Compiled by David Tippey, 1999
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As the place name Kirkby (Church Place) is from the old Danish, it seems likely that the church has it's origins in the 9th and 10th Centuries, when the Danes overran the North of England. The Domesday Book (1086) however, describes the area as wasteland, indicating that the church and settlement were probably left in ruins after the recent Norman invasion.
King John confirmed the gift of the Church and glebe land by, Adam of Giggleswick, to the Abbey of St. Mary, West Dereham, Norfolk in a Charter dated 1199 and this Order supplied the Parish with it's clergy until the Reformation.
The present building is large and imposing ( see plan for the layout), towering over the small village of Kirkby Malham and through it's lifetime has become an amalgam of architectural styles and furnishing. The church is dedicated to Saint Michael the Archangel, the earliest evidence of this being a will of 1275, however by the 19th century there seems to have been some confusion over the dedication and many guide books and even the Ordnance Survey of that period refer to it as St James'.
The major part of the present structure is built in millstone grit and dates from about 1490, but some features of earlier construction were incorporated and many further embellishments and furnishings have been added over the centuries.
The style is rustic perpendicular Gothic, with a large square tower adorned by a crenelated parapet; a clerestory, designed to admit more light to the nave; windows with rounded heads, and a crenelated parapet to part of the main roof. Carved on the south-west buttress of the tower are four coats of arms, the Malhams of Calton, the Tempests of Broughton, the Bankes of Bank Newton and a fourth now unknown. These families were probably benefactors of the Church at the time of its reconstruction. At the top of the south-east buttress are the arms of Fountains Abbey, a large landowner in the Parish up to the Reformation. The letters on the south face, E:MR, most probably mean "Erexi Maria Regina" (erected in honour of Mary, Queen of Heaven), and the niche on the south face may have contained a figure of the Virgin Mary or of the patron Saint. The Tower houses a fine clock by Potts of Leeds with an interesting double three legged gravity escapement. This is a late 19th century replacement for a much earlier, blacksmith-made clock which was unfortunately discarded.
By the door stands an old font, now used as a planter.
Passing through the South porch, the main door is considerably older than it at first appears and is best seen from the inside face, where you can also see a stout timber beam recessed into the wall. The Church was used as a place of refuge (the Scots frequently raided the North well into the 16th century) and this beam could be drawn across the inside of the door to form a stout bolt.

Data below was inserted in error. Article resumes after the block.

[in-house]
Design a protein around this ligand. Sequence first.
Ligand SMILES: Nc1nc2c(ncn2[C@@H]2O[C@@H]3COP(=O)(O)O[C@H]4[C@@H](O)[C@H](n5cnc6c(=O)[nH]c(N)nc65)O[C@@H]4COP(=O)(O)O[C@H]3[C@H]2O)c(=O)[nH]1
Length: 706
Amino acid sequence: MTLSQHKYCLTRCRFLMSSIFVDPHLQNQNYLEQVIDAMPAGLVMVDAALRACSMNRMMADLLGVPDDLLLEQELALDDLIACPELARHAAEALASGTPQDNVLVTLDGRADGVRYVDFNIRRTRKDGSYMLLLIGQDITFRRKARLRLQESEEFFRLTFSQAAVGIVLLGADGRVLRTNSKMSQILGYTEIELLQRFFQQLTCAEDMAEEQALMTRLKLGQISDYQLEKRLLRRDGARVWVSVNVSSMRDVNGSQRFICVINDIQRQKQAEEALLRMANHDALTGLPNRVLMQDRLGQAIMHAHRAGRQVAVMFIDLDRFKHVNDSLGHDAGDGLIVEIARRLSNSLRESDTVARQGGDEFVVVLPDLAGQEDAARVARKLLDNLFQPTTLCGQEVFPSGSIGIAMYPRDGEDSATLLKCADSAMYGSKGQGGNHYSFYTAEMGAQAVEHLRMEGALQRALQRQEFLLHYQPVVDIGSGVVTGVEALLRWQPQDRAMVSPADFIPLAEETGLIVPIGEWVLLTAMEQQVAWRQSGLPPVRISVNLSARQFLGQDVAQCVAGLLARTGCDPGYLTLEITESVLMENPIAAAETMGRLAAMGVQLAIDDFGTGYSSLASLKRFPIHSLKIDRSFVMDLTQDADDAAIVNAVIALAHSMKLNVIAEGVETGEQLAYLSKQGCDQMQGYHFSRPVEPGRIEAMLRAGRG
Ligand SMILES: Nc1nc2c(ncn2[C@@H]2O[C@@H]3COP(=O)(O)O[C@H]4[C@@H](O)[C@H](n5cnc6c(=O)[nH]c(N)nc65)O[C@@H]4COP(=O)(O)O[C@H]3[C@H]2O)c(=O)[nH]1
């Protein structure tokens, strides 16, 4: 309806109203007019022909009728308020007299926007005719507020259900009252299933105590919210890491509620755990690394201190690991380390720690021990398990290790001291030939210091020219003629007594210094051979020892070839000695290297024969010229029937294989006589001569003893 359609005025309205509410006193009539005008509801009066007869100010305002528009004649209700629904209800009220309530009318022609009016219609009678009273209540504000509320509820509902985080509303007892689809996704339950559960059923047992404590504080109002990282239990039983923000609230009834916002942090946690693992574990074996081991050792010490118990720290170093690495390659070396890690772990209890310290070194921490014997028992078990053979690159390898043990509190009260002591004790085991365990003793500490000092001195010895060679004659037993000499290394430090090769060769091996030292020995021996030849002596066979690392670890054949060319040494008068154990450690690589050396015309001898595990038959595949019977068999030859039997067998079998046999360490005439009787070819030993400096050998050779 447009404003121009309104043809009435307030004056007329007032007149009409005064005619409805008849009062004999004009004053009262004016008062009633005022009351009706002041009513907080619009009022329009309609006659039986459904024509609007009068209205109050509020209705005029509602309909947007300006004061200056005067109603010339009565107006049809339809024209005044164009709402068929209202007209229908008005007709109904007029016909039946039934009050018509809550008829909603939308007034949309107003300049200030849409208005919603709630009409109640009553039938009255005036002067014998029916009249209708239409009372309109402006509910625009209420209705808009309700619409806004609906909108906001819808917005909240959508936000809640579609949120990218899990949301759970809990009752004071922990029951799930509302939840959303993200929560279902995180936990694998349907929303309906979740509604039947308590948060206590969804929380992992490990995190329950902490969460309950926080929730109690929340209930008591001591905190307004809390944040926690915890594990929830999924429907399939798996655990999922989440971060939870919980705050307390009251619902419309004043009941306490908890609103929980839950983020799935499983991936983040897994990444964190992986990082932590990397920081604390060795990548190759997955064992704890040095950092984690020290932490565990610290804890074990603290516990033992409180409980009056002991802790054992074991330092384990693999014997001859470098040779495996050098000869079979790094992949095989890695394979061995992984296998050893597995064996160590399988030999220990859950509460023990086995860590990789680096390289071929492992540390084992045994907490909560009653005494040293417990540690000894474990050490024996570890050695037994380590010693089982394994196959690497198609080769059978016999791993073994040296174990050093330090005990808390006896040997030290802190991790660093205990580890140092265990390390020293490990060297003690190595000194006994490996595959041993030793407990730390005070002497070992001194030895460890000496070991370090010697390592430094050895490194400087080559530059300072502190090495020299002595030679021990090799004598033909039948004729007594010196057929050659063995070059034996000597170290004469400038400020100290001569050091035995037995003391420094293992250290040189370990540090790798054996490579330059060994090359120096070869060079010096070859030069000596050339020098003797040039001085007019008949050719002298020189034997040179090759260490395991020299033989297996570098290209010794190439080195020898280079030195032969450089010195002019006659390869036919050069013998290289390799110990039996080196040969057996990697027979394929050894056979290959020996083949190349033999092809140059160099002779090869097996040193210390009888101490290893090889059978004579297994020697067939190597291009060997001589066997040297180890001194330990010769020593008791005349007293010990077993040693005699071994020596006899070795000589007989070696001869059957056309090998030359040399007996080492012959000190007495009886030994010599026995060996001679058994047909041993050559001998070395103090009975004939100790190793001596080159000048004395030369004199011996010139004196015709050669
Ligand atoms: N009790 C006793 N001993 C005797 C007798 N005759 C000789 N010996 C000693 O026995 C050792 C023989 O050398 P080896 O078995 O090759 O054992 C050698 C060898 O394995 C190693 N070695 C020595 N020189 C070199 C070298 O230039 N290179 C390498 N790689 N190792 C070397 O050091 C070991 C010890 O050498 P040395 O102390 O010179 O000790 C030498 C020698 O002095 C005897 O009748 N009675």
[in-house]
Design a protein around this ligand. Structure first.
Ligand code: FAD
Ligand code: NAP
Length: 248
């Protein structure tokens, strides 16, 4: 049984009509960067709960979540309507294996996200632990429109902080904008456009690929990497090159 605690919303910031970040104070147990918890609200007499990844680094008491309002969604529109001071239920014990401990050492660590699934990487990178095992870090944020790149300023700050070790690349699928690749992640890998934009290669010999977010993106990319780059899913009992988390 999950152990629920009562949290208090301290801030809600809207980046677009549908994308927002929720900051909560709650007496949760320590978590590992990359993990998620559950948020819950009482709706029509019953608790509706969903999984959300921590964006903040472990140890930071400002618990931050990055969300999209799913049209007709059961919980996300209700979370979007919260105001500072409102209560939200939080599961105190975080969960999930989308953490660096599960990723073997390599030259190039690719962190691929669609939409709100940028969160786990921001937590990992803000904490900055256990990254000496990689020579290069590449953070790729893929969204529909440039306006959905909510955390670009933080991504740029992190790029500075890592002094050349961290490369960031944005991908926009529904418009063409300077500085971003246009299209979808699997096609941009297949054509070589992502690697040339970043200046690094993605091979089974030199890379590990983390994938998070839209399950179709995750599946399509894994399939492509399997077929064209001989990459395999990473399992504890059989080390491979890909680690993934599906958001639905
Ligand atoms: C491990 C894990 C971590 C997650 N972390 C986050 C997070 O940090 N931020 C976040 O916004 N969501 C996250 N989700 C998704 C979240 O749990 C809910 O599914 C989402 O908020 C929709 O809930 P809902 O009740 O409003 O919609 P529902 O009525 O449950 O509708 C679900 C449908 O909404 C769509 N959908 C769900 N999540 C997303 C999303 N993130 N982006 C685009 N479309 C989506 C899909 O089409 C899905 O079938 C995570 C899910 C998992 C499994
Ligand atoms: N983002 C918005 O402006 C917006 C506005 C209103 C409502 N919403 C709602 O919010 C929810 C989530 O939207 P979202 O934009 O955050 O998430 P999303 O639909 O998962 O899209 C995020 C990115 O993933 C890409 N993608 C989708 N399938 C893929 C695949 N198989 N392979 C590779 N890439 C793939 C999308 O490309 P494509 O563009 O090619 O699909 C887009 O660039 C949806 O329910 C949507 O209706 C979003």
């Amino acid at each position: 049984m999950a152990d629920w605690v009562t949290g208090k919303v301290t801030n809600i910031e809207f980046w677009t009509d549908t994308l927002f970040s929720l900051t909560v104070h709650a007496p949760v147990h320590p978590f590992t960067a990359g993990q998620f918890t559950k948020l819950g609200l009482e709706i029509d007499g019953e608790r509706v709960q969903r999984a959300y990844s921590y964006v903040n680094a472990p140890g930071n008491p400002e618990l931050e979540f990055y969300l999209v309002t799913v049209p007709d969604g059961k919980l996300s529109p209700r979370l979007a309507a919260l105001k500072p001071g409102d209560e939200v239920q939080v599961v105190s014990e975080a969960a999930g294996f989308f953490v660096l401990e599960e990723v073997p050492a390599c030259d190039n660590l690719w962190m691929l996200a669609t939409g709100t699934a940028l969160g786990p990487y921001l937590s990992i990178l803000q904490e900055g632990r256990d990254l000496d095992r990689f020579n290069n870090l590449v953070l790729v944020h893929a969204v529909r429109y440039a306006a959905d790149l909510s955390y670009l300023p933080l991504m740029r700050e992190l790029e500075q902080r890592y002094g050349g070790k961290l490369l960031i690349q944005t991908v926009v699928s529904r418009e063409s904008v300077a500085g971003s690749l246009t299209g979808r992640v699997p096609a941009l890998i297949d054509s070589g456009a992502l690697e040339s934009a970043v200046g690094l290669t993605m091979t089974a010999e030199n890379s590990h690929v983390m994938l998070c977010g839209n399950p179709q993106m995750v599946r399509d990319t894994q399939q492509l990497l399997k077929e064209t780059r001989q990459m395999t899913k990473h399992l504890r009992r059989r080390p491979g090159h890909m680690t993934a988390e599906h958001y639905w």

| The font is probably Norman and dates from around the 11th century. It was rescued from a rubbish heap and put back to it's original use when the church was restored in the late 19th century.|
Also in the baptistery area are several antique grave slabs dating from the 13th century, those with a chalice marked the graves of priests, whilst the carving of a book denoted literacy. The window contains a small inset of continental stained glass, dating from the 16th century and depicting the Virgin and Child. Also housed at the West end of the church is an old wooden bier originally used to move coffins.
Next to the baptistery is the area below the tower where the bells are rung, they are probably the heaviest peal of three in Yorkshire and the great tenor weighs (1.275 tonnes) and bears inscription "God save our Church and Queen and Realme" and is dated 1601. This makes it the second largest church bell in Yorkshire after the great tenor bell at Ripon Cathedral. The middle bell was recast in 1785 and bears the inscription "Soli Deo gloria, Dalton fecit", and the treble dates from 1617 with the inscription "God be our Speed both now and ever". The west window in this area dates from 1879 and depicts the Transfiguration (St. Matthew 17:1-8), showing Christ flanked by Moses and Elijah while the apostles, Peter, James and John crouch below in attitudes of holy fear and wonder.
In front of this area is an old wooden muniment and vestment chest dating from the 14th or 15th century. It has three locks to which the Vicar and the Church wardens would hold separate keys.
The third area at the West end of the church is occupied by the vestry, the walls of which hold amongst other things, a collection of photographs of past vicars and views of the Church interior as it was prior to it's major restoration in 1879-81.
THE NORTH AISLE
Immediately Opposite the south door was a doorway known as the Devil's Door. It was Customary to leave this open during baptisms so that any evil spirit could be driven out by the Holy Spirit.
The four pairs of stained glass memorial windows depict Saints and holy men who played parts in the development of religion and learning in the northern parts of England. Below each figure is a small picture depicting a scene from the life of that Saint. These windows date from the early 1920s.
| || At the Chancel end of the north aisle are four high box pews dating from 1631 to 1723, bearing the names and initials of the owners on the doors. The drawing shows one of these doors.|
This area was formerly the chapel of Saint John the Baptist and has another 20th century, three panel stained glass window depicting scenes from the life of St. Columba.